Sky-dome lighting system

- CoeLux S.r.l.

A lighting system comprises a chromatic reflective unit (606), and a light source (602), wherein the chromatic reflective unit (606) is shaped as a rotational paraboloid or a portion of a rotational paraboloid, and the light source (602) is positioned close to or at the paraboloid focal position.

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Description

CROSS REFERENCE TO RELATED APPLICATIONS

The present application claims priority to PCT/EP2015/002318 filed 19 Nov. 2015, and PCT/EP2015/001454 filed 15 Jul. 2015 of the same applicants. The contents of both of these applications are incorporated herein by reference in their entireties.

TECHNICAL FIELD

The present disclosure relates generally to chromatic mirror units and in particular to nanoparticle based light affecting units that may be applied in lighting systems or in facade structures of buildings to provide for a desired optical and visual effect.

BACKGROUND

The improvements in mirror manufacturing techniques during the 16th century caused an increasing use of optical mirror elements in interior architecture. For example, the overlay of a portion of a wall with a reflective surface generated the impression of space enhancement and an increase of depth perception. Since then, mirrors became essential components capable of improving the comfort of an ambience through a widening in the perceived volume. In general, in modern and contemporary architecture, reflective surfaces are used to provide for specific perceptions by an observer.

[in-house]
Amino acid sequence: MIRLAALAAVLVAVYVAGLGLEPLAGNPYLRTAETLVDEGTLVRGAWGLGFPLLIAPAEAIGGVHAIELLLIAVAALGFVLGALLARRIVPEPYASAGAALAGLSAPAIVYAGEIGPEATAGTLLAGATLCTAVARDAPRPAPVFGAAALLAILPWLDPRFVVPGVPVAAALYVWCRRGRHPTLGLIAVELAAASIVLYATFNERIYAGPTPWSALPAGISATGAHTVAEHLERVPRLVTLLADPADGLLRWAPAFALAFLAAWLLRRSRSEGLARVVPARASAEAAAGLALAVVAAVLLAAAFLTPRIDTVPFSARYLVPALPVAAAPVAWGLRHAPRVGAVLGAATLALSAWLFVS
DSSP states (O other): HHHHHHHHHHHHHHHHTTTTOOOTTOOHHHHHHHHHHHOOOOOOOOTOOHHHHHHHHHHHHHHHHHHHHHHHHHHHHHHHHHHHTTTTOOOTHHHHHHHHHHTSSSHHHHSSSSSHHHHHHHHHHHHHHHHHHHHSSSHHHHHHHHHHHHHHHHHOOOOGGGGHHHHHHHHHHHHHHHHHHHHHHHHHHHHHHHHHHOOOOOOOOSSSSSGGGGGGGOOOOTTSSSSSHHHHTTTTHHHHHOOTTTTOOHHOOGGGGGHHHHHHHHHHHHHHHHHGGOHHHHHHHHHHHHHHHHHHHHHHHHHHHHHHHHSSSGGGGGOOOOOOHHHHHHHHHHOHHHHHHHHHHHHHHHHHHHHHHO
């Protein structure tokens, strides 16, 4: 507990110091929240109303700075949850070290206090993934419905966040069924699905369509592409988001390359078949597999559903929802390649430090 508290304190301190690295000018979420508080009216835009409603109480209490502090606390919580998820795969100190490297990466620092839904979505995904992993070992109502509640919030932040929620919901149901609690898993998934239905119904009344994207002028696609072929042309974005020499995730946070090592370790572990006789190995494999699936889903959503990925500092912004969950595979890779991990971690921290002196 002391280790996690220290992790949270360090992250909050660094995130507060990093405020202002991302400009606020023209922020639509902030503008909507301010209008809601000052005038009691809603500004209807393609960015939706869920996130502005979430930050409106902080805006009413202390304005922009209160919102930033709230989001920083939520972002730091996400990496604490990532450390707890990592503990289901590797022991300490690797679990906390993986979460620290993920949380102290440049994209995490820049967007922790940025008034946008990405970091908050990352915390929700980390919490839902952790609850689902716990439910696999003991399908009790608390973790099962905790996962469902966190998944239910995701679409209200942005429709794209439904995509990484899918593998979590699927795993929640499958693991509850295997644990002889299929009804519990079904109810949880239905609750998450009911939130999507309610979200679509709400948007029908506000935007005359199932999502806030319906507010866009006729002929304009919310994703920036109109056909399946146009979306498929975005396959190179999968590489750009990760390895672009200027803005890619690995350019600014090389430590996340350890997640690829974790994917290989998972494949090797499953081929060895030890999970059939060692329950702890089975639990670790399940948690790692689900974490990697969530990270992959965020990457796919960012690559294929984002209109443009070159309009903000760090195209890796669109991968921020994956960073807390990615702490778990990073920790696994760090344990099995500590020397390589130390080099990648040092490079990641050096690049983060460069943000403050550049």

SUMMARY OF THE DISCLOSURE

The following disclosure is at least partly based on specific nanoparticle based reflective units, and their application in the fields of active and passive illumination such as in lighting in general or outdoor facade applications.

As will be disclosed herein, the specific nanoparticle based reflective units may be used to provide for a specific visual perception of an outdoor or indoor wall for the observer. Those units may provide specific chromatic and reflective features that provide for properties of sun imitating lighting systems such as described, for example, in the international patent application WO 2015/172821 A1 by the same applicants, in which reflective and diffusing layers are combined.